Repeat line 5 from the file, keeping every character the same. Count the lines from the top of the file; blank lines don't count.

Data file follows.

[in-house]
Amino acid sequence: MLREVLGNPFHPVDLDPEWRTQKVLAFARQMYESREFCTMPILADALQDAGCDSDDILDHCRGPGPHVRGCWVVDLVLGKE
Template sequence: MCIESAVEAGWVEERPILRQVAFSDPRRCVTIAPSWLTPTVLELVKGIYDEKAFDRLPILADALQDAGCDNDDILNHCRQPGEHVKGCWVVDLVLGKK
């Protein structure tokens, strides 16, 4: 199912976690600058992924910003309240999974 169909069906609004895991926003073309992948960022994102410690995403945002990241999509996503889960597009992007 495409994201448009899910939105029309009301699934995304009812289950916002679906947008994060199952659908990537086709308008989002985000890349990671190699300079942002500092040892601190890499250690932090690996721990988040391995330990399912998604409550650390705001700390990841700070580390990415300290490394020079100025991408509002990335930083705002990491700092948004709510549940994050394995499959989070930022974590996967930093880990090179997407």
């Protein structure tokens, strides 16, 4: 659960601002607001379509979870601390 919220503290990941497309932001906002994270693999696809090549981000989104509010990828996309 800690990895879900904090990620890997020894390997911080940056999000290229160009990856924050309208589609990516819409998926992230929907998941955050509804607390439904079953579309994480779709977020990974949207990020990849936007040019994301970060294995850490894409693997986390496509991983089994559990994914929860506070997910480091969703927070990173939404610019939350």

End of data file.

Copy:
């Protein structure tokens, strides 16, 4: 659960601002607001379509979870601390 919220503290990941497309932001906002994270693999696809090549981000989104509010990828996309 800690990895879900904090990620890997020894390997911080940056999000290229160009990856924050309208589609990516819409998926992230929907998941955050509804607390439904079953579309994480779709977020990974949207990020990849936007040019994301970060294995850490894409693997986390496509991983089994559990994914929860506070997910480091969703927070990173939404610019939350």